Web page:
At the beginning of each of the ten videos in Fr. Robert Barron’s “Catholicism” series, there is a scene in which thousands of white rose petals drift downward from the ceiling at Rome’s Basilica di Santa Maria Maggiore (St. Mary Major). It’s a breathtaking symbol of the “miracle of the snow”—the rare summer snowfall which, according to legend, fell on August 5, 352, on the Esquiline Hill, one of the famed “Seven Hills” of Rome.
It’s a scene that’s recreated each year on August 6, when the Basilica celebrates the feast of Our Lady of the Snows. First, the petals fall from the ceiling during Mass; then, as night falls on the city, there is a simulated “snowfall” in the square outside the Basilica, with sound, light and artificial snow.
But not this year! This year, the petal display in the Basilica occurred as planned, but the festival in the square has been postponed until August 15, the Solemnity of the Immaculate Conception.
That’s because this year, vandals stole the truck.
I can’t help but imagine the thiefs, desperadoes, quintessential bad guys, driving away with their booty, then popping open the truck at their safe house. “What did we get?” they wonder. “Computers and office equipment? Metals to be melted down? Automobile tires? But wait…. No, no…. We’ve got…. ROSE PETALS! #@!E%*!!”
Actually, what was stolen, according to event organizer Cesare Esposito, was sound and light equipment. I needed a laugh today, though, so I’m succumbing to knee-slapping levity at the expense of the group I now unofficially dub the Sancta Maria Scoundrels. Stay tuned for Part 2 of the annual celebration for Our Lady of the Snows, on the 15th of August.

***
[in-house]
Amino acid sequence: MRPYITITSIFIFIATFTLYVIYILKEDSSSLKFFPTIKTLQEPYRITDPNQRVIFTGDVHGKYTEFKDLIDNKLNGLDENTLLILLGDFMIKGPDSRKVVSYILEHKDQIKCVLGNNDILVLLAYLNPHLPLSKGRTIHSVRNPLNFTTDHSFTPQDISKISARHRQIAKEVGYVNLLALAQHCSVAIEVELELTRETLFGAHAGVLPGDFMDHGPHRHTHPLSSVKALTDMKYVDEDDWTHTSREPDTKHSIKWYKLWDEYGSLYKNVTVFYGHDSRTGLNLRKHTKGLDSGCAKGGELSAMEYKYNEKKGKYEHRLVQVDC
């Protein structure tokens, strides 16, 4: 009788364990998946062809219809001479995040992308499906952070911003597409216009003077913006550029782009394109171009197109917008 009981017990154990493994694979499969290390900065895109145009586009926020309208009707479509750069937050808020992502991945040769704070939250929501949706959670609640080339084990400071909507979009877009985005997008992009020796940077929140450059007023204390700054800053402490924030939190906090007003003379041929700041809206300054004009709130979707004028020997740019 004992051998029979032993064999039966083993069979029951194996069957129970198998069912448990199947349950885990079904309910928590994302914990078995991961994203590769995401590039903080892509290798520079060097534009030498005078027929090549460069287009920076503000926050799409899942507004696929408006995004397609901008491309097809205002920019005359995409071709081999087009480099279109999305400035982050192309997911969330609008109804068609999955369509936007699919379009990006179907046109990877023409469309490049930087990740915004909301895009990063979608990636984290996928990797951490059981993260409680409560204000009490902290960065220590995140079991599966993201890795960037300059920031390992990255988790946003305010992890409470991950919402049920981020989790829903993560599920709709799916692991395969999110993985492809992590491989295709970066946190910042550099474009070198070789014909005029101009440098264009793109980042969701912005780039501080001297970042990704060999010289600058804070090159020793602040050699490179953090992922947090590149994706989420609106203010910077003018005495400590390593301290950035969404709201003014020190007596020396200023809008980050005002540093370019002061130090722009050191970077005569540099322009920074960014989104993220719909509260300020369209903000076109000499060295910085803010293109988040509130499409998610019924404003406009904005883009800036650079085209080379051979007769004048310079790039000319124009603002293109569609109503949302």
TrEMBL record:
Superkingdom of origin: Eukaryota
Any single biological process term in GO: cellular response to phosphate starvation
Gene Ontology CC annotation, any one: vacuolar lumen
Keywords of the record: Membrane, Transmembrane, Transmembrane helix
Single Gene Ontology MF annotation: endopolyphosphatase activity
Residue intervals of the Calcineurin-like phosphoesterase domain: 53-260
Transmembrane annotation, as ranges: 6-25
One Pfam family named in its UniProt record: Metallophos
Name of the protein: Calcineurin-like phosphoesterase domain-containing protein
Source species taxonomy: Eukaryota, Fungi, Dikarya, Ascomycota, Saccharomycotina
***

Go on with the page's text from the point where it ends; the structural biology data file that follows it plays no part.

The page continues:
Now, More About That “Miracle”
The Catholic Encyclopedia tells the story of the basilica’s origins:
“During the pontificate of Liberius, the Roman patrician John and his wife, who were without heirs, made a vow to donate their possessions to the Virgin Mary. They prayed that she might make known to them how they were to dispose of their property in her honour. On 5 August, at the height of the Roman summer, snow fell during the night on the summit of the Esquiline Hill. In obedience to a vision of the Virgin Mary which they had the same night, the couple built a basilica in honour of Mary on the very spot which was covered with snow.
From the fact that no mention whatever is made of this alleged miracle until a few hundred years later, not even by Sixtus III in his eight-line dedicatory inscription … it would seem that the legend has no historical basis.” The legend is first reported only after the year 1000. It may be implied in what the Liber Pontificalis, of the early 13th century, says of Pope Liberius: “He built the basilica of his own name (i.e. the Liberian Basilica) near the Macellum of Livia”. Its prevalence in the 15th century is shown in the painting of the Miracle of the Snow by Masolino da Panicale.
So the story may be only a pious legend; but inside the beautiful Basilica of Santa Maria Maggiore, high over the side altar in the left transept, is a beautiful golden bas relief depicting the story. In 2003, while working as conference director for Legatus, I led a group of pilgrims to Rome and to the four papal basilicas. Cardinal Bernard Law, then-archpriest of the Basilica of St. Mary Major, celebrated Mass for us at the side altar under the great artwork, then explained its history to our group.
The painting included here is from a triptych which can be seen in the National Museum and Gallery of Capodimonte in Naples, Italy. That’s Pope Liberius with the small snow shovel, marking the spot where a chapel should be erected honoring the Virgin Mary.
And here, during the Gloria on the feast, the rose petals fall.